Accompanied by Patek Philippe Certificate of Origin and Extract from the Archives confirming production of the movement of the present watch in 1929. It was completed and encased in 1993 and sold on 19 September 2001. The Extract confirms that a Geneva Observatory First Class certificate was obtained. Furthermore delivered with Patek Philippe burgundy leather bound file containing technical information and instruction manual for reference 969, original fitted wooden presentation box, gold and wooden setting pin, outer packaging.
According to the registers of the Geneva Observatory, the present watch participated at the 1945 timing contest for which it had been prepared and adjusted by the renowned precision adjuster Hermann Heck. It was then presented again in 1957, adjusted by A. Zibach, and obtained 50.71 points.
The present watch is amongst the most impressive tourbillon watches by Patek Philippe ever offered at auction. It was conceived by the celebrated watchmaker, inventor and engineer James Pellaton from LeLocle in 1929, then delivered to Patek Philippe in Geneva. In 1945 it participated at a Category A timing contest at the Geneva Observatory, one of the most gifted and prominent precision adjuster, Hermann Heck, had prepared and adjusted the movement for this trial (see Reinhard Meis Das Tourbillon, p. 353).
In 1993 it was updated with the perpetual calendar and power reserve mechanisms, encased and sold on 19 September 2001.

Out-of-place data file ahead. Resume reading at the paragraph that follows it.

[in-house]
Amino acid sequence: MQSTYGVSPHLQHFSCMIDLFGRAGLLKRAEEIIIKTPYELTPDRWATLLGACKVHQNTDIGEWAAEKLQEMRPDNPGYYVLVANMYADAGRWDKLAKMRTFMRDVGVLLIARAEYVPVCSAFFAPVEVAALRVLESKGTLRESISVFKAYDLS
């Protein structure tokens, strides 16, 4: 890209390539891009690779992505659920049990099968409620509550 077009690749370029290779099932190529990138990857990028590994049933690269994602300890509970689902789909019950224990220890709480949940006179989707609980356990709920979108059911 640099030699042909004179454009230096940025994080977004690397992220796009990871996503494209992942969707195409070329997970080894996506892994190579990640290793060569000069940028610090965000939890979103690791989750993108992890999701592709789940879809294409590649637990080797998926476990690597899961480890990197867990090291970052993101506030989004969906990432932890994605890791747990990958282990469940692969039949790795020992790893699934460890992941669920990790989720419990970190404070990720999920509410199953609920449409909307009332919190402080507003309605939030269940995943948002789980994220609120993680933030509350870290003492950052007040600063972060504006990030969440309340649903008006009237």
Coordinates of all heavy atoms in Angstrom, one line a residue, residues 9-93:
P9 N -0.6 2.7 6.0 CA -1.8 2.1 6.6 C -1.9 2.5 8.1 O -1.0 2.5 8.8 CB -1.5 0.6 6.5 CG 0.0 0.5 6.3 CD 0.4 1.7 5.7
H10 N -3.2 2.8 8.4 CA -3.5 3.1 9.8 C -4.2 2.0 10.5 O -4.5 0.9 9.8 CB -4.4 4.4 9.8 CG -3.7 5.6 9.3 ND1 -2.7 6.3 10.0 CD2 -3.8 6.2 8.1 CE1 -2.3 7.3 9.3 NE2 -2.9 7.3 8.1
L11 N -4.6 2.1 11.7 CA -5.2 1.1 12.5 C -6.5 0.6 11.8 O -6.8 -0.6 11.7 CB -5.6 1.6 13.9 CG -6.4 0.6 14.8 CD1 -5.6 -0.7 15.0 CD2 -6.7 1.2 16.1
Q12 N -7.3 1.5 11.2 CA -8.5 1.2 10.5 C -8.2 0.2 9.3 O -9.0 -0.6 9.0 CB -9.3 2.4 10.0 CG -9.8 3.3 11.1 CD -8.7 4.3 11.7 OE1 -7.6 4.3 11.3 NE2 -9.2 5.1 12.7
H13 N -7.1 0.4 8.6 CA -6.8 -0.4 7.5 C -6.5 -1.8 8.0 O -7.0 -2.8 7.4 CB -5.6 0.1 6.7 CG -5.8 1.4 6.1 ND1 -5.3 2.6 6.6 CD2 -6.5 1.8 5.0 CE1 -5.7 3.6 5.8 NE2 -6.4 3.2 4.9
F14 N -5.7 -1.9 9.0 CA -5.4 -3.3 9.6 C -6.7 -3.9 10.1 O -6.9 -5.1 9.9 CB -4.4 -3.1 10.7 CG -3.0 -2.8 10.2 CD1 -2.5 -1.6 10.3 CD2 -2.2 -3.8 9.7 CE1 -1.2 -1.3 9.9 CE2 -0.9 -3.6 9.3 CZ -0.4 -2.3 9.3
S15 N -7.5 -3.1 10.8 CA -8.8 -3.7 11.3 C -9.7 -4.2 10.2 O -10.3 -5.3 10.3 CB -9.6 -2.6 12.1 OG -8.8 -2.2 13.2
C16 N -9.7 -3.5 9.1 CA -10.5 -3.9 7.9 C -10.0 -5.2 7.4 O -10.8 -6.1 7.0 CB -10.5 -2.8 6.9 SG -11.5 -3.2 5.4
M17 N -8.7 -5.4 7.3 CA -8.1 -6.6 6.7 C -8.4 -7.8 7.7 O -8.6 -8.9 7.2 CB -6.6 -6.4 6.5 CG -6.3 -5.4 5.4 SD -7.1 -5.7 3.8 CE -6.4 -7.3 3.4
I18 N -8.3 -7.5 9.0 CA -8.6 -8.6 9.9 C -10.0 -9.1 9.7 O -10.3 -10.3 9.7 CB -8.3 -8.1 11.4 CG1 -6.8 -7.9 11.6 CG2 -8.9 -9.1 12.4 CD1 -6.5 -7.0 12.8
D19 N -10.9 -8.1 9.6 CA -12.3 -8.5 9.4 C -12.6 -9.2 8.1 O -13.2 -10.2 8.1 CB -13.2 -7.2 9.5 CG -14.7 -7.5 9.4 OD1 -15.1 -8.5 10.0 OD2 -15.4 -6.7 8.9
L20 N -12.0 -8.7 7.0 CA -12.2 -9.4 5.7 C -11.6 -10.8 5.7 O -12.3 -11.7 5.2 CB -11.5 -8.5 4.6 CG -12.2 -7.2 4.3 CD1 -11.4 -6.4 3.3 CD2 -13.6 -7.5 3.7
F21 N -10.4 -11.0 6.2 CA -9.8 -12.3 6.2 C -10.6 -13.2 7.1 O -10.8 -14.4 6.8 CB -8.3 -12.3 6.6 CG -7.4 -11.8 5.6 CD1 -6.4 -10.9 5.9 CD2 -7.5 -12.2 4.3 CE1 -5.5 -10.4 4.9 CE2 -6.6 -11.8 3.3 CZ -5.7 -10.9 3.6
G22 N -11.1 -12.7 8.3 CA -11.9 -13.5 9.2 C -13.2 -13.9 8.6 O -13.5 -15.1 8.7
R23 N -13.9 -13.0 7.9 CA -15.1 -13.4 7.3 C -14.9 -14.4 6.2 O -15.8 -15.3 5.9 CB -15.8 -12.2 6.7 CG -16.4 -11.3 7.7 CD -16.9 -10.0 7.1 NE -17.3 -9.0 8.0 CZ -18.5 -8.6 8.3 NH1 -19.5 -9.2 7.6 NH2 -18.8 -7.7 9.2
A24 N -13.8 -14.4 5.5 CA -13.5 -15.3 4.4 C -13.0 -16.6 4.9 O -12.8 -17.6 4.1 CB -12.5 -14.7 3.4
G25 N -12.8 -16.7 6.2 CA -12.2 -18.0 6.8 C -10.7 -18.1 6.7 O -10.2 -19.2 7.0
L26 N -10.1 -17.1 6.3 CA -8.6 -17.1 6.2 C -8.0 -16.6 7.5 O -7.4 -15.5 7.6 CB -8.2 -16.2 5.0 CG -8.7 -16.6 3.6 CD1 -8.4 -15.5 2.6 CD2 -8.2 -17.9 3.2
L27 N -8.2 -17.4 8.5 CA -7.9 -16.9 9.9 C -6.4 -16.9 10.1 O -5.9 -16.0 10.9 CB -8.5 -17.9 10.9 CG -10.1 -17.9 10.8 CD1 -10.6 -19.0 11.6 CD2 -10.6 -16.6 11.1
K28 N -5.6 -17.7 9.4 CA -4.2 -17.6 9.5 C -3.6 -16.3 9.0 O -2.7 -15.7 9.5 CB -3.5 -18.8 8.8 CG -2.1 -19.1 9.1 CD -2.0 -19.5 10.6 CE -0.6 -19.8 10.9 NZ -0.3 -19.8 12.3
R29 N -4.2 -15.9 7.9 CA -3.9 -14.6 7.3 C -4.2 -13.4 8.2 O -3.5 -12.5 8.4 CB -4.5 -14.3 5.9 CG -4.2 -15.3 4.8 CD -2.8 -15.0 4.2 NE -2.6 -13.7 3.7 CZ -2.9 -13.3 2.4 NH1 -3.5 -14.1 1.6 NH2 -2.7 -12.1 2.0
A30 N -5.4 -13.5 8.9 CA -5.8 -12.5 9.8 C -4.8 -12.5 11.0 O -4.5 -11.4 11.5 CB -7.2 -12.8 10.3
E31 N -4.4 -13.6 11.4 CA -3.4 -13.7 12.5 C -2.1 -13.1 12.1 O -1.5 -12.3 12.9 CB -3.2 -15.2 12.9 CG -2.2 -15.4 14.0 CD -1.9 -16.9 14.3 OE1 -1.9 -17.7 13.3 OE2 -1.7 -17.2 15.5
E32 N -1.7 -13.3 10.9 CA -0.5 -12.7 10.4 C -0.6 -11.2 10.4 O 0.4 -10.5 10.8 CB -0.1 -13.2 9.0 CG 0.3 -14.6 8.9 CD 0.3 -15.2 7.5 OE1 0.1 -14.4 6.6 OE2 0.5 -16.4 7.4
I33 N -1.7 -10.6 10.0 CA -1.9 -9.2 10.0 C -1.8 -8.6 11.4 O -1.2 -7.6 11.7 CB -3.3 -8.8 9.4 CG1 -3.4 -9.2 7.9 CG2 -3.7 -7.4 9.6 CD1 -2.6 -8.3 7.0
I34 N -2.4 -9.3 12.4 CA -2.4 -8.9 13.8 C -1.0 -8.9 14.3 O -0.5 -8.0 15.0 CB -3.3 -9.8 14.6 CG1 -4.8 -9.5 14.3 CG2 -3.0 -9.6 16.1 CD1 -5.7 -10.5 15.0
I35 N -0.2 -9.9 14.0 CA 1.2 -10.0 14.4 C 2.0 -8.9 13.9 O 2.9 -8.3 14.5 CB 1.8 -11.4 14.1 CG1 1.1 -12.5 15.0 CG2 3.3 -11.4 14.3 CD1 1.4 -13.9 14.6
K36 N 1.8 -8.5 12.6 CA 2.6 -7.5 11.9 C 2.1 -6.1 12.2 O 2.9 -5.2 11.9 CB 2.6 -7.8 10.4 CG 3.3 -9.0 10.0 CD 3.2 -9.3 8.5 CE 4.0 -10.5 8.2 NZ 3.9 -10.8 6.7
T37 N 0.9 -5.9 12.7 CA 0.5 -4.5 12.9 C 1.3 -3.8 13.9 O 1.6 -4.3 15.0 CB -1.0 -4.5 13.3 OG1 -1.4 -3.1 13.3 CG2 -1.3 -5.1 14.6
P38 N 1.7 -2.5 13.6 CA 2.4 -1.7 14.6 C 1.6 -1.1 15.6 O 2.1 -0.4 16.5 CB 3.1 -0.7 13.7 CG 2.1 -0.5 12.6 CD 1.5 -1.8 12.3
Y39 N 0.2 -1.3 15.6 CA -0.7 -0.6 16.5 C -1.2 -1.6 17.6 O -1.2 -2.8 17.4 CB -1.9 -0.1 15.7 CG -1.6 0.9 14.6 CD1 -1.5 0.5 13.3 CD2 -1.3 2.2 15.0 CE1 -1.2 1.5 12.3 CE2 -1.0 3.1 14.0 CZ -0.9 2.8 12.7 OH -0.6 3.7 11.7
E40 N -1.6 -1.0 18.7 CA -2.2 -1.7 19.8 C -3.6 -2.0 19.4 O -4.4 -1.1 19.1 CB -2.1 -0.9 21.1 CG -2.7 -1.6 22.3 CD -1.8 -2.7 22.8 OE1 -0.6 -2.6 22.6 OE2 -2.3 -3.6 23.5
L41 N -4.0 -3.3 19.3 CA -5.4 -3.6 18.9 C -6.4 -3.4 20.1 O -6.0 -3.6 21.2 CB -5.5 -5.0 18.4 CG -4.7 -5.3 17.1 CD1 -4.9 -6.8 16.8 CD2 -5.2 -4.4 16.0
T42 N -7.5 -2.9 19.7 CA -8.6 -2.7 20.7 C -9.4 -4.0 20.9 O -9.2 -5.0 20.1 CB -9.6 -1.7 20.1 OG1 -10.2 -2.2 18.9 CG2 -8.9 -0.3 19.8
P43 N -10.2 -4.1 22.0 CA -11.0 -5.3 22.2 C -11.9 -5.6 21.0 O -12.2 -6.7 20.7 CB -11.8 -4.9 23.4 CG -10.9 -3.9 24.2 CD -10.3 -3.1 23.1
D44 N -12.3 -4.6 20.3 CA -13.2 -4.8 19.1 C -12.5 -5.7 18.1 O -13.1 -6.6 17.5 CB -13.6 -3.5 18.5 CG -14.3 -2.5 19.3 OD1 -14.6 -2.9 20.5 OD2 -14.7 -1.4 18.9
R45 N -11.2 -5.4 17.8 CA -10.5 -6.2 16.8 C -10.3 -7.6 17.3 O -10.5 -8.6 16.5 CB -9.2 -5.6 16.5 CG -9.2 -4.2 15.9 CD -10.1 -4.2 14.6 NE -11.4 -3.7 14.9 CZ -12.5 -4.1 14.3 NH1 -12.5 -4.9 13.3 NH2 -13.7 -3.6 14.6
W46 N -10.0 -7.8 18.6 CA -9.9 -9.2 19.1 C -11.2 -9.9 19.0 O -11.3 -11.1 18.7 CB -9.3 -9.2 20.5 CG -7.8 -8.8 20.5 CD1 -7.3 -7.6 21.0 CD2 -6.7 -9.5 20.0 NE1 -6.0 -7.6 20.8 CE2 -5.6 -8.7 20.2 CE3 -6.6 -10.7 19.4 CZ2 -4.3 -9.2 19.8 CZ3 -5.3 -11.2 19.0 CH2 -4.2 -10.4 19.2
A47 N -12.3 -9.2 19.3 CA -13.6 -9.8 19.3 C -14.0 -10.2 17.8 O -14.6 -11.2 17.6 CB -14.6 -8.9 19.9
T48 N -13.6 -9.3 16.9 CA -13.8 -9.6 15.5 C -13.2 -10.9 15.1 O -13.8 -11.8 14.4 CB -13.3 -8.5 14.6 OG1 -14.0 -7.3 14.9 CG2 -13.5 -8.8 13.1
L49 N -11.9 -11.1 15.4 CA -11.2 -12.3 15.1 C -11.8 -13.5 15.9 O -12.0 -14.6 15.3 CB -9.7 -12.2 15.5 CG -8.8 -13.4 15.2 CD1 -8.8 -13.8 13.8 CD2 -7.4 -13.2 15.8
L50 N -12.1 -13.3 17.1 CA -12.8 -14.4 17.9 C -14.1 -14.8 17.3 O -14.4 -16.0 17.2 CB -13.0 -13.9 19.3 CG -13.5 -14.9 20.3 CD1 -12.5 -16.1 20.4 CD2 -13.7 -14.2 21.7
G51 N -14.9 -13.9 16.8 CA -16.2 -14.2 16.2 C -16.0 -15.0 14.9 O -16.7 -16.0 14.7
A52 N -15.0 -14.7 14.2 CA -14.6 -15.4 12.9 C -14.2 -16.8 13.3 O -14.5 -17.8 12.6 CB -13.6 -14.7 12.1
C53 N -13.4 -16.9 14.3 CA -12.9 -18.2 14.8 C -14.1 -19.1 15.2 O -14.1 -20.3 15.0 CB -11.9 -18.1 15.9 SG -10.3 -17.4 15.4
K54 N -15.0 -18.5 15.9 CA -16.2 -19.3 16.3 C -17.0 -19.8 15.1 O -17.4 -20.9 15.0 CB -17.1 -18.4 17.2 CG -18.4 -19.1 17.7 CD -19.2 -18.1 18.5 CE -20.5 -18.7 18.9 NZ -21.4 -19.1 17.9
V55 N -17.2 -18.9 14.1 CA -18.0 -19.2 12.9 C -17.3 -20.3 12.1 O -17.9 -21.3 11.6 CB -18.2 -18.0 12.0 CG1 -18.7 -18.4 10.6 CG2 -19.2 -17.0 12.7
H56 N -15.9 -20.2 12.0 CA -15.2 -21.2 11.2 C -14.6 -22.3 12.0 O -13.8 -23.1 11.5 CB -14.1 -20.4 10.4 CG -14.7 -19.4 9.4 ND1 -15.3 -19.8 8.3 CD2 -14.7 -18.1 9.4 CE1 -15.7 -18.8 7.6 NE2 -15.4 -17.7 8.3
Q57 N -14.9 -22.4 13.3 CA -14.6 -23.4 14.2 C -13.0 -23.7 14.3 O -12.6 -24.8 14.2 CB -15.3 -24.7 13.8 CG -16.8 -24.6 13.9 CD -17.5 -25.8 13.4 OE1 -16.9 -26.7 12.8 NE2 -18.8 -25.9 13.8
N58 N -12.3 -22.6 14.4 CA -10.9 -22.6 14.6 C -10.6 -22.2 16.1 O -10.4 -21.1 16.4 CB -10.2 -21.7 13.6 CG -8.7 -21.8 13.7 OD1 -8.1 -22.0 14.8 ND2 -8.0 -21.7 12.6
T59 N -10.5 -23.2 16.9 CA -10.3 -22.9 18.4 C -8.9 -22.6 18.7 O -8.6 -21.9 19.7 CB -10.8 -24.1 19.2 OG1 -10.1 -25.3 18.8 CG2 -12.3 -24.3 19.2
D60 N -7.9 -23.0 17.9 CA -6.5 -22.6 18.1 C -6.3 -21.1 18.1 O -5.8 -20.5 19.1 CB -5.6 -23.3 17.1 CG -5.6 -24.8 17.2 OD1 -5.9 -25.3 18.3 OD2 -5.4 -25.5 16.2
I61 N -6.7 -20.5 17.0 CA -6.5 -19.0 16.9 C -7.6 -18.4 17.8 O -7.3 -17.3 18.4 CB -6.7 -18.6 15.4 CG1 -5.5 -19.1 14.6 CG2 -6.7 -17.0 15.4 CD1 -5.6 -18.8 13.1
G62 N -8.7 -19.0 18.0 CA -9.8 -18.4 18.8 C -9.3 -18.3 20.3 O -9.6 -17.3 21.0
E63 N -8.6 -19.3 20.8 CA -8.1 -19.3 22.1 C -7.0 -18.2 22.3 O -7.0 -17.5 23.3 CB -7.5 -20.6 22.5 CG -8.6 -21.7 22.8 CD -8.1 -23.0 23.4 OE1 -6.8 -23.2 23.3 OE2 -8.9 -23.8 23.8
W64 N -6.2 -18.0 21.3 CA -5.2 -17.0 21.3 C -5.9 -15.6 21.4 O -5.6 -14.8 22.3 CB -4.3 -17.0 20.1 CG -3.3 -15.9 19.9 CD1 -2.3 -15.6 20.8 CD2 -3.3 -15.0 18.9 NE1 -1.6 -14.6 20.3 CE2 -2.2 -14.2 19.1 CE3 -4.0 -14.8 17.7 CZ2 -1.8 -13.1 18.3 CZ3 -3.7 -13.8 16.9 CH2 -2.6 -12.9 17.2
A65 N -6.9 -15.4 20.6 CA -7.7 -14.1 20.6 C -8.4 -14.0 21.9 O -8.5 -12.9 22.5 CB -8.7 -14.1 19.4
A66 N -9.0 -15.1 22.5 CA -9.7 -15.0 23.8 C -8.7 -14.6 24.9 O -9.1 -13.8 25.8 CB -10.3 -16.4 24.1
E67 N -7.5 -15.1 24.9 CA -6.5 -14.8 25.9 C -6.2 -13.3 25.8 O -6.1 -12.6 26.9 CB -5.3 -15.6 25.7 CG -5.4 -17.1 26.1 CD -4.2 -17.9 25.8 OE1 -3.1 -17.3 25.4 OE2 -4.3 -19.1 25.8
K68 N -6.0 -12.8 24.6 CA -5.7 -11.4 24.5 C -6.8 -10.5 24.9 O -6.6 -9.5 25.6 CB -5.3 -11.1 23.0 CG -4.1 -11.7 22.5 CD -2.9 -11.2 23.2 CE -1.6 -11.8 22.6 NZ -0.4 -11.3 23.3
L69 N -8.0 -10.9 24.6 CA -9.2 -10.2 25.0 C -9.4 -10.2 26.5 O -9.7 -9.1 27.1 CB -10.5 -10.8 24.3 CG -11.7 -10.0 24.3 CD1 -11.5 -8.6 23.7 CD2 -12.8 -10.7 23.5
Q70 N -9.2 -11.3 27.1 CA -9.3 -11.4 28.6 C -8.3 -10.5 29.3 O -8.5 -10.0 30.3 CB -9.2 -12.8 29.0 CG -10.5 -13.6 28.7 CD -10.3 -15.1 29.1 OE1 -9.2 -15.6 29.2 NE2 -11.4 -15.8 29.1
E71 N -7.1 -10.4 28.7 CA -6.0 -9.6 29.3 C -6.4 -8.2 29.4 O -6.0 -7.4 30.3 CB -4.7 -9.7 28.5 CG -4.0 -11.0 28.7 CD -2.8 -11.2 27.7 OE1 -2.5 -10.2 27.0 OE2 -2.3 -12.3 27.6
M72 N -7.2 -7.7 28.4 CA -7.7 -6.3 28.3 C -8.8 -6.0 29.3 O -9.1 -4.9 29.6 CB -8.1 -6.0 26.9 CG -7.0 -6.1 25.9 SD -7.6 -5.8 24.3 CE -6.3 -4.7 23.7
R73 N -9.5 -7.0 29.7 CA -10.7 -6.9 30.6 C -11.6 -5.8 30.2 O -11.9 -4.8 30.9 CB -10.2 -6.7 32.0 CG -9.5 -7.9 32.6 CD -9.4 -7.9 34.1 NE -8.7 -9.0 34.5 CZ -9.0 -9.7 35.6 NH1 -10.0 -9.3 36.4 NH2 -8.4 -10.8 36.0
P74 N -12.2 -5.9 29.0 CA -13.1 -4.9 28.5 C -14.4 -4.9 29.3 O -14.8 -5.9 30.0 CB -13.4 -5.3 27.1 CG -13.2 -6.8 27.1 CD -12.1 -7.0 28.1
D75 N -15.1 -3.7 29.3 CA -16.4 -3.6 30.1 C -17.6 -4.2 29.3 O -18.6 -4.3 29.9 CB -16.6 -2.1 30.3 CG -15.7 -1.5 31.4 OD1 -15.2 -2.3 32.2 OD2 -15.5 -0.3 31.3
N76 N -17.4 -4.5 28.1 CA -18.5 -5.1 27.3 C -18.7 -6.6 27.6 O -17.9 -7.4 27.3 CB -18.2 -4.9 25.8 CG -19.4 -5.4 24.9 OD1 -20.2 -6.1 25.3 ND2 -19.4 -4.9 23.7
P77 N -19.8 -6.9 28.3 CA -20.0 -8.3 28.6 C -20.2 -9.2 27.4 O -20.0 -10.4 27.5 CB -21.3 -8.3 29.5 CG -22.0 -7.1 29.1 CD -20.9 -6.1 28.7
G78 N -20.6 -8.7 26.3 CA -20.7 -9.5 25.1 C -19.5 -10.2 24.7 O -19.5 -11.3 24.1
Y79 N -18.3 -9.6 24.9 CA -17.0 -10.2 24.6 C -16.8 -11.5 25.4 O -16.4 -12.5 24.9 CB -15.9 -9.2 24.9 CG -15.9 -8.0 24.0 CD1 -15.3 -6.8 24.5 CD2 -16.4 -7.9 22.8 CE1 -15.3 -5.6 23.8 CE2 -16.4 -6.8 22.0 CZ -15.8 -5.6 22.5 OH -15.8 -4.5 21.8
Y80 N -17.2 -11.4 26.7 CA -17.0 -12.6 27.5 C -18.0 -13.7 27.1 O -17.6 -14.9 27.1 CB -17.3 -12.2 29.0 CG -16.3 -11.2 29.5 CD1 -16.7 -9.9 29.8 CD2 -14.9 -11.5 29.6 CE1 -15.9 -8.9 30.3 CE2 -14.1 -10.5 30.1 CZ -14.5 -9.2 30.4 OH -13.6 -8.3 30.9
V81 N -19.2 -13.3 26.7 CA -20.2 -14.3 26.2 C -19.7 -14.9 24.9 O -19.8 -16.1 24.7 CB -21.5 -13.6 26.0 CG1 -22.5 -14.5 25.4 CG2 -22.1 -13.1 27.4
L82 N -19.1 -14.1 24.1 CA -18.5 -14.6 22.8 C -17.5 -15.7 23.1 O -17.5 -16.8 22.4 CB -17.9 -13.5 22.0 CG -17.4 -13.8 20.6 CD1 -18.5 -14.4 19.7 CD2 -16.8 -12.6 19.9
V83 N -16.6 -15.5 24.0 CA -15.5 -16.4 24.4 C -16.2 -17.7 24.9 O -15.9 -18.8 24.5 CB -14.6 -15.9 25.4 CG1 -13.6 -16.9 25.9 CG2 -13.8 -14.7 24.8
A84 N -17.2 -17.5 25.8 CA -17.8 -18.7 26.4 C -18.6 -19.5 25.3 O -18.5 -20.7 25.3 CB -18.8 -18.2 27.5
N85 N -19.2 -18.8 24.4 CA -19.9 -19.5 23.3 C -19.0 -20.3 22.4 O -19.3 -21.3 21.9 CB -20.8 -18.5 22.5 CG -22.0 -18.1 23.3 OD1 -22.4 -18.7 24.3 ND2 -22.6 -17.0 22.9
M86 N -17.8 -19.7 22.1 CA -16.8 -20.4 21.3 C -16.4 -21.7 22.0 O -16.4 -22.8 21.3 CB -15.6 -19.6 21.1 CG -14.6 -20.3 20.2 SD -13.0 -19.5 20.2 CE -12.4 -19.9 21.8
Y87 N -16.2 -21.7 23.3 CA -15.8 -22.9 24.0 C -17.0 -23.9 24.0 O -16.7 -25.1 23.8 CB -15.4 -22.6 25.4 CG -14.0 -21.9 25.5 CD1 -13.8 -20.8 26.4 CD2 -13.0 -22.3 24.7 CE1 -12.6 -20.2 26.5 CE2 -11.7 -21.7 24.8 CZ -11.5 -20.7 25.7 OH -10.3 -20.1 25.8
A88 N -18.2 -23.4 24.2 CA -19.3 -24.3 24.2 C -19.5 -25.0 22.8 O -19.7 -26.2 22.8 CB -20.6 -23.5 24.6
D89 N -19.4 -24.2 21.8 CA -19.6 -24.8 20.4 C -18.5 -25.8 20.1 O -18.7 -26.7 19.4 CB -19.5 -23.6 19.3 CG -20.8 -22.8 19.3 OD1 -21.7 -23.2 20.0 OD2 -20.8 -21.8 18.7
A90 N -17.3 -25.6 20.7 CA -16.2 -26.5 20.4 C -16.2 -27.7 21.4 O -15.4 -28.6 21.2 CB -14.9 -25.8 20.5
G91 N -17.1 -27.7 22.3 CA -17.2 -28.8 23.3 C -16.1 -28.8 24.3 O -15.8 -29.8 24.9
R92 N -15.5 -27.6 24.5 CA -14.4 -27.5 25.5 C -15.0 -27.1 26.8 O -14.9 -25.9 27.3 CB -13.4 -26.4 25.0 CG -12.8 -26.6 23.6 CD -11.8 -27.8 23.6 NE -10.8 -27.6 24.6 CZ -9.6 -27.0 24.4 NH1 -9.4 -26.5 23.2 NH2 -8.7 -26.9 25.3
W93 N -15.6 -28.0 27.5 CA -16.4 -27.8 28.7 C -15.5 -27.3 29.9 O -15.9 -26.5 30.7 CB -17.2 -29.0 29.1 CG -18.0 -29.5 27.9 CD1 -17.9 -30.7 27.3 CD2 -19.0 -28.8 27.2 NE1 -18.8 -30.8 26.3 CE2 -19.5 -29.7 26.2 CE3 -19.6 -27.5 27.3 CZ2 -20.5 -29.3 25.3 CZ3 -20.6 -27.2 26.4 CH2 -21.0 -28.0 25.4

Research has resulted in the discovery of only one other example of reference 969: it is on permanent exhibition at the prestigious, newly renovated Patek Philippe boutique at Rue du Rhône in Geneva.
It is important to mention that the present watch combines all aspects of the highest quality, making it a superb example for the demanding collector. One of the most discerning complications, the tourbillon regulator combined with a perpetual calendar and up and down indicator, fitted in a state of the art gold case, documented with the Extract and timing extracts and in as good as unused condition.
Fresh to the market, the rarity of this horological masterpiece is furthermore enhanced by the fact that it is also the first example of a Patek Philippe pocket watch featuring such complications to appear in public to date.
On 10 November 1801, horological legend Abraham Louis Breguet (1747-1823) received a patent for his ingenious tourbillon invention. Breguet designed the tourbillon (or whirlwind) to compensate for fluctuations and errors in time measurement caused by the position a watch is placed in. For example, watches with traditional movements may keep excellent time when resting on a desk horizontally, but when that same watch is placed vertically in a pocket, gravity affects the frequency or rate of the escapement and thus its accuracy.
Breguet's invention compensated for these gravitational effects by placing the escapement in a revolving carriage. As the tourbillon carriage revolves (usually one entire revolution per minute), its position constantly changes and consequently the fluctuations in rate caused by gravity are averaged out. Once a tourbillon watch is properly adjusted, the effects of gravity are essentially nullified, regardless of how it is positioned.
Precision timekeeping has always been vital to the scientific community, and in 1873, the first annual chronometer competition was held at the Geneva Astronomical Observatory. Rigorous quantitative internationally recognized testing standards were established. The testing, which initially lasted for 40 days, consisted of placing the watches in various positions and temperature conditions. The prestigious watchmakers Patek Philippe were awarded First Prize in the competition as early as 1884.